The British rock band Rocksmith aren't the only ones suing Ubisoft over the French publisher's guitar game Rocksmith. Now, the folks who make the instructional guitar game Guitar Apprentice have filed claimed patent infringement against Ubisoft over tech similarities to their own game.
Both Guitar Apprentice and Rocksmith use a real guitar, plugged into a computer (or PS3) to help players get better at the instrument.
The Guitar Apprentice patent describes that game as a "Media system and method of progressive musical instruction," before going into an "abstract" detailing how the game will work:
A method is provided for progressive musical instruction using a media system with processor-executable software modules storing musical performances each having a plurality of segments. A first set of audiovisual signals is generated to simulate a predetermined musical instrument from a selected performance during host segments. The audiovisual signals are adjusted to mute the predetermined instrument during user segments (non-host segments) of the performance. During the host segments a second set of audiovisual signals is generated for demonstration of a preferred user operation of the instrument. The number of user segments may be maintained or increased for successive iterations of the performance, as the user becomes more proficient. The determination to maintain or increase user segments, and which segments are added to the user segments, may be user selectable or programmable by the system based on various criteria.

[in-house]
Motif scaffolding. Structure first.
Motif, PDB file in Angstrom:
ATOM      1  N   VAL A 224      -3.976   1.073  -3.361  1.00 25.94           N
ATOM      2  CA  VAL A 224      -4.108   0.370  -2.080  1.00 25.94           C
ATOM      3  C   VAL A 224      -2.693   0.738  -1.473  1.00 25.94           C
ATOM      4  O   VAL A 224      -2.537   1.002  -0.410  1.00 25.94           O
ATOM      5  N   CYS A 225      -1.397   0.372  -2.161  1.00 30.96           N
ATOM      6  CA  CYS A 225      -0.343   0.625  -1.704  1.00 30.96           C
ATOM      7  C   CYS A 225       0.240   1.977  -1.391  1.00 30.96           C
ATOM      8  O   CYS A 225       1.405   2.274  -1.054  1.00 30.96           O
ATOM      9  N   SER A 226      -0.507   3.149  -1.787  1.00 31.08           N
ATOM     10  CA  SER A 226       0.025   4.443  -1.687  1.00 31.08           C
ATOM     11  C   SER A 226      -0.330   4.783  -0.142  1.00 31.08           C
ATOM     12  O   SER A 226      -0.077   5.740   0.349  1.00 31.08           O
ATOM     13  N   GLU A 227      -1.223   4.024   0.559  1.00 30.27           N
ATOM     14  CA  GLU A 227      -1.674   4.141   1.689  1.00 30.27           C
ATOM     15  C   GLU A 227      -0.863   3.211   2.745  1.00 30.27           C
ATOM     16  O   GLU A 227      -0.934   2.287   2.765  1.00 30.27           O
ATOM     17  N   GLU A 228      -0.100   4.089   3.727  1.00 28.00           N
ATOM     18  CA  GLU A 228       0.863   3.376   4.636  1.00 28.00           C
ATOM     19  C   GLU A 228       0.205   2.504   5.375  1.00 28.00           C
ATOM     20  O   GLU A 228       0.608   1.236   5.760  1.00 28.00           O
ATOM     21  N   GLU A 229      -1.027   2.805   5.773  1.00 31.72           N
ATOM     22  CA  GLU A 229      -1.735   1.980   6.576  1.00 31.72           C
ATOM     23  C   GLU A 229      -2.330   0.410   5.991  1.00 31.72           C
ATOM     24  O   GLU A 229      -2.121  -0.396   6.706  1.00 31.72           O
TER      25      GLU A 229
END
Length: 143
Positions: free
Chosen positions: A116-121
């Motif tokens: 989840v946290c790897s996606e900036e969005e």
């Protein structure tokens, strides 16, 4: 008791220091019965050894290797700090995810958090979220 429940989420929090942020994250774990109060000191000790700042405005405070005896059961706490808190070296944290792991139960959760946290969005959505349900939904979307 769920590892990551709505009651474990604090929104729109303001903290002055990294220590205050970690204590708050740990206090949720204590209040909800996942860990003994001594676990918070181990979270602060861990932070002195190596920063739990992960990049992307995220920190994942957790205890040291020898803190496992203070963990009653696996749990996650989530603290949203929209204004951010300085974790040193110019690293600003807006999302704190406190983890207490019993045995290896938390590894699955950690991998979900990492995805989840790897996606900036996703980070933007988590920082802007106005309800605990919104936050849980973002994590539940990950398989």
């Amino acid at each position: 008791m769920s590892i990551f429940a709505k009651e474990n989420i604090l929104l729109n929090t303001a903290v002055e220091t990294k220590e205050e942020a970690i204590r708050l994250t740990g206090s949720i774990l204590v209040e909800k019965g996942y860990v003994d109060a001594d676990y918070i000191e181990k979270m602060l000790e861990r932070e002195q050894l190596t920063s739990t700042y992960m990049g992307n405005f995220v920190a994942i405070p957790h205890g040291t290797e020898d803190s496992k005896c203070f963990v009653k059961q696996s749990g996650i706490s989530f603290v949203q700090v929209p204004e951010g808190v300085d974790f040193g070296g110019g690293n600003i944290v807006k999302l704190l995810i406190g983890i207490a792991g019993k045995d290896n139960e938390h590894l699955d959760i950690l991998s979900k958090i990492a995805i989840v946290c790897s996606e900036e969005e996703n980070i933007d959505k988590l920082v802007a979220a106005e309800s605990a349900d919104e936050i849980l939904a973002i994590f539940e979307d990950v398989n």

The gist is that Guitar Apprentice is a game where you play an instrument that generates real sound and blends that sound with pre-recorded performances to show players how to play. Which is indeed pretty much the same thing as Rocksmith.
Guitar Apprentice's patent is dated October 12, 2010, almost six months before Rocksmith made its debut in March of 2011. As Patent Arcade points out, both games are predated by games like Guitar Star and Guitar Rising. Seems to me that the pro-guitar interface in Rock Band 3 is also very similar, though just one small part of a larger game.
My knowledge of patent law is too limited to make any guesses about how this will shake out, but I'll be keeping an eye on it.